Happy, Healthy Memorial Day!

 

1/4 cup all-purpose flour (I only keep white whole wheat on hand)

1 teaspoon natural sugar

1 tablespoon flax seed

1 tablespoon old-fashioned oatmeal

1/4 teaspoon baking powder

1/8 teaspoon baking soda

Pinch salt

4-5 tablespoons soymilk (or your favorite non-dairy milk; I prefer soy for its protein content), or enough to make a thick batter

Optional accompaniments: vegan sour cream and maple syrup

 

Spray a cast iron skillet with non-stick cooking spray and heat over medium-high.  Whisk together all dry ingredients in a small bowl, make a well in the center, add soymilk, and whisk until completely combined.  Spoon batter into skillet, evenly dividing to make three pancakes.  This batter really won’t bubble, so look for a slight rise and a slightly toasty aroma which will take approximately  2 to 3 minutes.  Flip and, again, look for a little more pronounced rise and the same toasty aroma; again about 2 minutes.  Remove from skillet to plate and enjoy with your favorite accompaniments.  One of my favorite combinations is a little vegan sour cream spread between each pancake, a drizzle of maple syrup, and a dollop of sour cream on top.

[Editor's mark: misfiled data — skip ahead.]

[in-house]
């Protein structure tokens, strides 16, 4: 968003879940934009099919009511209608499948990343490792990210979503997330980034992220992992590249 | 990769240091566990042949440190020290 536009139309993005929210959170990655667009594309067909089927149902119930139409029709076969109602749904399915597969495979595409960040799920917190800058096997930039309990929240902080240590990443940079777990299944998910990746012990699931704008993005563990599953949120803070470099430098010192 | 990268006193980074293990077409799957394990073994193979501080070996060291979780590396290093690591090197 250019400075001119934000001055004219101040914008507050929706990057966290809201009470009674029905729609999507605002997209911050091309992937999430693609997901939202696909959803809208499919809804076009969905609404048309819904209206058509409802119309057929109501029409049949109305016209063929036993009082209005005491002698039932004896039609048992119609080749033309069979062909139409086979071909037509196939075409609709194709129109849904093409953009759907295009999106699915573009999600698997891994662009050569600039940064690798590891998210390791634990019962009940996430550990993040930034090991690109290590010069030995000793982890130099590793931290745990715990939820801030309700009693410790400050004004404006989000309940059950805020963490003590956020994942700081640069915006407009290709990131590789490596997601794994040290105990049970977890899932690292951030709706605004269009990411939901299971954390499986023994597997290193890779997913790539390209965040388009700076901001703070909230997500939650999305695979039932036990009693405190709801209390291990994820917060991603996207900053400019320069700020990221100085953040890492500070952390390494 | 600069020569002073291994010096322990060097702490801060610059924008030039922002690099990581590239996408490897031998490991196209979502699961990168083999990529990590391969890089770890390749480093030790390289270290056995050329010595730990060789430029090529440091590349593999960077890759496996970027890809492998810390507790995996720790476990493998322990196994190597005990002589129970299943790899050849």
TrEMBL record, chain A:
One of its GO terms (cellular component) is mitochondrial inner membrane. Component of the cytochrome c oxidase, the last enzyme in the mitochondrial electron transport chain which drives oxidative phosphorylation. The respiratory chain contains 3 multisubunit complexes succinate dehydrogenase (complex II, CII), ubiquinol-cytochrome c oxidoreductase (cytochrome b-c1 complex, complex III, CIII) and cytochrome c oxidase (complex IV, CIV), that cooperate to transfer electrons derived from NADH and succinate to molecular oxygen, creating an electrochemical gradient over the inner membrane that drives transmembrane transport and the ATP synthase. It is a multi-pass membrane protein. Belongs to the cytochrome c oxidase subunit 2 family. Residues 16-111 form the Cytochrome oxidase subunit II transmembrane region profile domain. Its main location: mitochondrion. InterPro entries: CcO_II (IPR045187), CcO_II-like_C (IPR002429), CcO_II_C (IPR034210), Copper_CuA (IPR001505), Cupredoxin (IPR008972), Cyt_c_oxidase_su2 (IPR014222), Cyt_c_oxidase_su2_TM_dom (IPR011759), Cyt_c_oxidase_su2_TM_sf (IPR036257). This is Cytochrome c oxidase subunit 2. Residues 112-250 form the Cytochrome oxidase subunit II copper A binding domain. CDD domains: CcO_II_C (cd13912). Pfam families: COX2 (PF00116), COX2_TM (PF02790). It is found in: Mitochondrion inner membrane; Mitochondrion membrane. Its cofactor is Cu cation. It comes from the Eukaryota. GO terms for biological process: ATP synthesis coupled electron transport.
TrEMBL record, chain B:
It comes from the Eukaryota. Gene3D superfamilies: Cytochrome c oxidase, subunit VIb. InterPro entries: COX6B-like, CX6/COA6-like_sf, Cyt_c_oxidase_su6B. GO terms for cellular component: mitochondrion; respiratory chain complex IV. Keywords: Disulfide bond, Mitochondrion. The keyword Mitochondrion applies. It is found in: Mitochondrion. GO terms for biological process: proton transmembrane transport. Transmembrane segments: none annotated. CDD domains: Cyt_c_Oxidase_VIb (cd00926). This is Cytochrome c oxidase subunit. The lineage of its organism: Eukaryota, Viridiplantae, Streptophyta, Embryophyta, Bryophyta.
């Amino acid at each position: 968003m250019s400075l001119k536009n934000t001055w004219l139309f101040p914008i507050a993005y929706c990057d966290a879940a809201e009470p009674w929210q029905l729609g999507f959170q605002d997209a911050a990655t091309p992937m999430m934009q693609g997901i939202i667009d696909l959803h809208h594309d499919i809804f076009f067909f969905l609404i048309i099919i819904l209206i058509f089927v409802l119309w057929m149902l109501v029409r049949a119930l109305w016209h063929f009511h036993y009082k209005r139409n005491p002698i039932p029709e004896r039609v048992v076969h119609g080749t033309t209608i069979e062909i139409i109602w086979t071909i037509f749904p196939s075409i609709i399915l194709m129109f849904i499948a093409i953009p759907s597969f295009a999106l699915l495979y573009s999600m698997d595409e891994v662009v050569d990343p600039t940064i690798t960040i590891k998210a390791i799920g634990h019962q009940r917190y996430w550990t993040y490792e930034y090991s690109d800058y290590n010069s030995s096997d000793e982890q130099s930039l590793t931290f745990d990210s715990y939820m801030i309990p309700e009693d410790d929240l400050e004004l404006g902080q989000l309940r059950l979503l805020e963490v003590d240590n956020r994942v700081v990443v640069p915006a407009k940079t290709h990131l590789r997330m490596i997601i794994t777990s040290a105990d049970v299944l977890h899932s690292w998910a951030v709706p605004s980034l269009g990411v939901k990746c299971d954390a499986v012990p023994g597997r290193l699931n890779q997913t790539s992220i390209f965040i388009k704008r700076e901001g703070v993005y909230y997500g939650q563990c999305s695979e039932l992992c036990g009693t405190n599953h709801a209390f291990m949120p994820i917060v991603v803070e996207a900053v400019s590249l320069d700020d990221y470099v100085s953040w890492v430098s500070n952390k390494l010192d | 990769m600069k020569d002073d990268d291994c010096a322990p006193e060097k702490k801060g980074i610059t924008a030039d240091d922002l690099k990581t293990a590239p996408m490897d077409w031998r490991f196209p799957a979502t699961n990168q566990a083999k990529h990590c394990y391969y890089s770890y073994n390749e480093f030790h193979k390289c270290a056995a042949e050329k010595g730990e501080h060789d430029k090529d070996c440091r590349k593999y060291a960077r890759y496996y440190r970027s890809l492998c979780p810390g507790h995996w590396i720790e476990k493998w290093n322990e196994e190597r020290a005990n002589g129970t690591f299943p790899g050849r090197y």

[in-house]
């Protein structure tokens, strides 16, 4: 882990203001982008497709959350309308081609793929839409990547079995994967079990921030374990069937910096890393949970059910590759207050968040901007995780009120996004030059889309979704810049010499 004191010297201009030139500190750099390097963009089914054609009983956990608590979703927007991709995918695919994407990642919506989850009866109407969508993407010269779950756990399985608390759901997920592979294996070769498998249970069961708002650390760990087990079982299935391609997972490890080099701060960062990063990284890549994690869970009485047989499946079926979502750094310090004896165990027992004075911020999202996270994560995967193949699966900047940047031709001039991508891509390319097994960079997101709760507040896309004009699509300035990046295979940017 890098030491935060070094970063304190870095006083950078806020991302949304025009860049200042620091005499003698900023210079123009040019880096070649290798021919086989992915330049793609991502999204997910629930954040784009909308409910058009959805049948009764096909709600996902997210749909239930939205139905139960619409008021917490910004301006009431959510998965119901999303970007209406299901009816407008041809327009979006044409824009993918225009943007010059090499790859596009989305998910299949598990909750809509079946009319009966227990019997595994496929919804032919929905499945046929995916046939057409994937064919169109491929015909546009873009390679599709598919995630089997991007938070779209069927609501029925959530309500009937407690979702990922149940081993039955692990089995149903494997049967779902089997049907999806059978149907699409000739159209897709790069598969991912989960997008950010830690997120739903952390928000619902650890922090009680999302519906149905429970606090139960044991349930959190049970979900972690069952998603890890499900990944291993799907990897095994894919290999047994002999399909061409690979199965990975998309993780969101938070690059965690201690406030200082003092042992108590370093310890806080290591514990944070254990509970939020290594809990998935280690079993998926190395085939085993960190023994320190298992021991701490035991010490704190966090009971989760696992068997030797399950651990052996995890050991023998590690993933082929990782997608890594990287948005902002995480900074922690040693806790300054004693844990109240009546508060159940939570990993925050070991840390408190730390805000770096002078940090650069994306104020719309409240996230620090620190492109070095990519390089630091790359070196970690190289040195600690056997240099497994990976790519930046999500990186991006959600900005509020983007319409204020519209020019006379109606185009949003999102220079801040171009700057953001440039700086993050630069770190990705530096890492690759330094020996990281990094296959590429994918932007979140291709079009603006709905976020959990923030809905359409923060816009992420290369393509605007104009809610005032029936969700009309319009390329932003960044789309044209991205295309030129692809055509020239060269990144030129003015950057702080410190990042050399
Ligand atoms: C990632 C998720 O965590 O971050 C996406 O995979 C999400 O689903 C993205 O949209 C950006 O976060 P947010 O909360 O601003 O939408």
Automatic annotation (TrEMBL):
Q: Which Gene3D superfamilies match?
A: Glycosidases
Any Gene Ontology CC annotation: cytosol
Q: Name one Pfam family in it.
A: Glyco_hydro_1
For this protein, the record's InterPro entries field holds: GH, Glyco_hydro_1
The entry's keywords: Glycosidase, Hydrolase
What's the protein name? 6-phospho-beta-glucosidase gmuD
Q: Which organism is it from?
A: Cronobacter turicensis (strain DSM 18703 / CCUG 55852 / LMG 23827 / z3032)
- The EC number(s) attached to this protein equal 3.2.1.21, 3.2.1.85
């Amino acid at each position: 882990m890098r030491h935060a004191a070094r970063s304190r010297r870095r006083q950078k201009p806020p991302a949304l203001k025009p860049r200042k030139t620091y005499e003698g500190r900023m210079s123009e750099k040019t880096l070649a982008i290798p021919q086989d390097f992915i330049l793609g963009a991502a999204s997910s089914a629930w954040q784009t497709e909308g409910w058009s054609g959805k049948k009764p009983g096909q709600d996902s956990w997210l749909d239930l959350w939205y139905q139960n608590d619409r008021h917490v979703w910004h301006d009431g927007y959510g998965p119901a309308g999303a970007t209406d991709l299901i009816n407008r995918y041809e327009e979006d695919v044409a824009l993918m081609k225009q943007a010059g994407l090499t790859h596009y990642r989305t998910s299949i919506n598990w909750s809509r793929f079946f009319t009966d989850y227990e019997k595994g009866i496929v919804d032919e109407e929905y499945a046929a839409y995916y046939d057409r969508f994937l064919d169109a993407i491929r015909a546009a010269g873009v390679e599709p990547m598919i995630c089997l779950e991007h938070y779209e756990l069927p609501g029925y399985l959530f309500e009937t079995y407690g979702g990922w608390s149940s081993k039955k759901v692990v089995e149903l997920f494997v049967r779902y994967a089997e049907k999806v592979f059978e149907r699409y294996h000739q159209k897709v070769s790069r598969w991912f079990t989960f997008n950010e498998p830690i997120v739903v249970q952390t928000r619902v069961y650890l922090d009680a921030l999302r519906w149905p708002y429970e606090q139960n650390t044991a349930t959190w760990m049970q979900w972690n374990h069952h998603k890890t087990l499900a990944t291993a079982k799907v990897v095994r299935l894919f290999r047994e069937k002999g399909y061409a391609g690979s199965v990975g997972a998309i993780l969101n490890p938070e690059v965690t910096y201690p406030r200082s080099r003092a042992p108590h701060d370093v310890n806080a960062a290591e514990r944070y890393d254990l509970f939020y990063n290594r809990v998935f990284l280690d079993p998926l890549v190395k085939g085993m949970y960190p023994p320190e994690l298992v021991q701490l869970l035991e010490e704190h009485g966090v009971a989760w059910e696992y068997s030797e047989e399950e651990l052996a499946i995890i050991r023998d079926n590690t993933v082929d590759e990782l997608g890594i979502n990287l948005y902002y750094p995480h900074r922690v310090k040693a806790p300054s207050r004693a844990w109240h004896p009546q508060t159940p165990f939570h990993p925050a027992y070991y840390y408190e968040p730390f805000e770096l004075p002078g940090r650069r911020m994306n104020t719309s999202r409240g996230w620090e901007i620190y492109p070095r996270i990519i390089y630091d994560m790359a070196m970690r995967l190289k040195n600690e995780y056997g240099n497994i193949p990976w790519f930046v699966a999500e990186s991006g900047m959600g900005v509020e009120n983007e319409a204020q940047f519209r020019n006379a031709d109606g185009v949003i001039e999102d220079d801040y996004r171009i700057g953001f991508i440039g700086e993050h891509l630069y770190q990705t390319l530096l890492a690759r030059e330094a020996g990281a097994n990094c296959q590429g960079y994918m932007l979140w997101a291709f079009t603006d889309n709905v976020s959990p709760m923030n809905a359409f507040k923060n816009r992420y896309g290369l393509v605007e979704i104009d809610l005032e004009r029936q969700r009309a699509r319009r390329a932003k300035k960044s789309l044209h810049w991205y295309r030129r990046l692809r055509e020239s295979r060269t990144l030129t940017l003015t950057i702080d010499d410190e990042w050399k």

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Cannelini Bean and Grilled Vegetable Salad with Marrakesh Mania Vinaigrette 2Yield: 4 servings

An indoor grill works perfectly for this salad which would make an deliciously different side for your Memorial Day spread.

A meal in itself, the light Moroccan-inspired dressing binds together cannellini beans and baby or chopped kale with a spring bounty of grilled asparagus, grilled spring onions, and grilled radishes.  Grilling totally transforms the flavor of grilled radishes almost creating a new vegetable.  If radishes aren’t a favorite, it’s probably because you’ve never had them grilled!

 

Marrakesh Mania Dressing (recipe follows)

1-15.5 ounce can canellini beans, rinsed and drained